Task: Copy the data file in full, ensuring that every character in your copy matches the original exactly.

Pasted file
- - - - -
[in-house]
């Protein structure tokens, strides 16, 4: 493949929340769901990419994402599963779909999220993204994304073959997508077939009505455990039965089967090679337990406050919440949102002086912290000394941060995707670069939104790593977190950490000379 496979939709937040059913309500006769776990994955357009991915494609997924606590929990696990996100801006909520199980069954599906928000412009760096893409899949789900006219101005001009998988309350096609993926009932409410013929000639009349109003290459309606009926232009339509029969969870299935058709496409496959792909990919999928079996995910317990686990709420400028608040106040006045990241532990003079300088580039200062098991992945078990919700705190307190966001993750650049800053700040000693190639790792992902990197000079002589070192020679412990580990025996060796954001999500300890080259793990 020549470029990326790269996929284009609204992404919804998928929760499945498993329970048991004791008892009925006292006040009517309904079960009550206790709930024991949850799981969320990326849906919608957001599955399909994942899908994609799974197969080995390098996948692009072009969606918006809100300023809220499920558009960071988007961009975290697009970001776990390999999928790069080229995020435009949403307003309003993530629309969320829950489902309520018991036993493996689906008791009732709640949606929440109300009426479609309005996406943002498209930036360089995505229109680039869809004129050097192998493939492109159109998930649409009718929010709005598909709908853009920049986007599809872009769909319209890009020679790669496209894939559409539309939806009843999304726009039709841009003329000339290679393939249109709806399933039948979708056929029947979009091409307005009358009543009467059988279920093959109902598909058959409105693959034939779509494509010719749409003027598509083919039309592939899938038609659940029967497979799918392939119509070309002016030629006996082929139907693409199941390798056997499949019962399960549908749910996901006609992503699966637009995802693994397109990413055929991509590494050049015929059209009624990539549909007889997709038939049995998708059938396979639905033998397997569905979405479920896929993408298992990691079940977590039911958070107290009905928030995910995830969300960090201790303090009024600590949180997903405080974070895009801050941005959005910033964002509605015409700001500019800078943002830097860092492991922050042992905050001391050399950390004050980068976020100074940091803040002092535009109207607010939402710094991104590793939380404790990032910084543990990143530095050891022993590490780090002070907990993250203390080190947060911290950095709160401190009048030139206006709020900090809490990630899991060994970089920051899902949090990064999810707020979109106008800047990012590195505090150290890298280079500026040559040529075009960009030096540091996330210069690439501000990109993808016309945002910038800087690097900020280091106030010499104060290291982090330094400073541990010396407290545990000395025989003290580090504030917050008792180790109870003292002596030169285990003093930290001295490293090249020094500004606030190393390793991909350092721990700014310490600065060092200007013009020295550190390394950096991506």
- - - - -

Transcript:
[in-house]
């Protein structure tokens, strides 16, 4: 493949929340769901990419994402599963779909999220993204994304073959997508077939009505455990039965089967090679337990406050919440949102002086912290000394941060995707670069939104790593977190950490000379 496979939709937040059913309500006769776990994955357009991915494609997924606590929990696990996100801006909520199980069954599906928000412009760096893409899949789900006219101005001009998988309350096609993926009932409410013929000639009349109003290459309606009926232009339509029969969870299935058709496409496959792909990919999928079996995910317990686990709420400028608040106040006045990241532990003079300088580039200062098991992945078990919700705190307190966001993750650049800053700040000693190639790792992902990197000079002589070192020679412990580990025996060796954001999500300890080259793990 020549470029990326790269996929284009609204992404919804998928929760499945498993329970048991004791008892009925006292006040009517309904079960009550206790709930024991949850799981969320990326849906919608957001599955399909994942899908994609799974197969080995390098996948692009072009969606918006809100300023809220499920558009960071988007961009975290697009970001776990390999999928790069080229995020435009949403307003309003993530629309969320829950489902309520018991036993493996689906008791009732709640949606929440109300009426479609309005996406943002498209930036360089995505229109680039869809004129050097192998493939492109159109998930649409009718929010709005598909709908853009920049986007599809872009769909319209890009020679790669496209894939559409539309939806009843999304726009039709841009003329000339290679393939249109709806399933039948979708056929029947979009091409307005009358009543009467059988279920093959109902598909058959409105693959034939779509494509010719749409003027598509083919039309592939899938038609659940029967497979799918392939119509070309002016030629006996082929139907693409199941390798056997499949019962399960549908749910996901006609992503699966637009995802693994397109990413055929991509590494050049015929059209009624990539549909007889997709038939049995998708059938396979639905033998397997569905979405479920896929993408298992990691079940977590039911958070107290009905928030995910995830969300960090201790303090009024600590949180997903405080974070895009801050941005959005910033964002509605015409700001500019800078943002830097860092492991922050042992905050001391050399950390004050980068976020100074940091803040002092535009109207607010939402710094991104590793939380404790990032910084543990990143530095050891022993590490780090002070907990993250203390080190947060911290950095709160401190009048030139206006709020900090809490990630899991060994970089920051899902949090990064999810707020979109106008800047990012590195505090150290890298280079500026040559040529075009960009030096540091996330210069690439501000990109993808016309945002910038800087690097900020280091106030010499104060290291982090330094400073541990010396407290545990000395025989003290580090504030917050008792180790109870003292002596030169285990003093930290001295490293090249020094500004606030190393390793991909350092721990700014310490600065060092200007013009020295550190390394950096991506």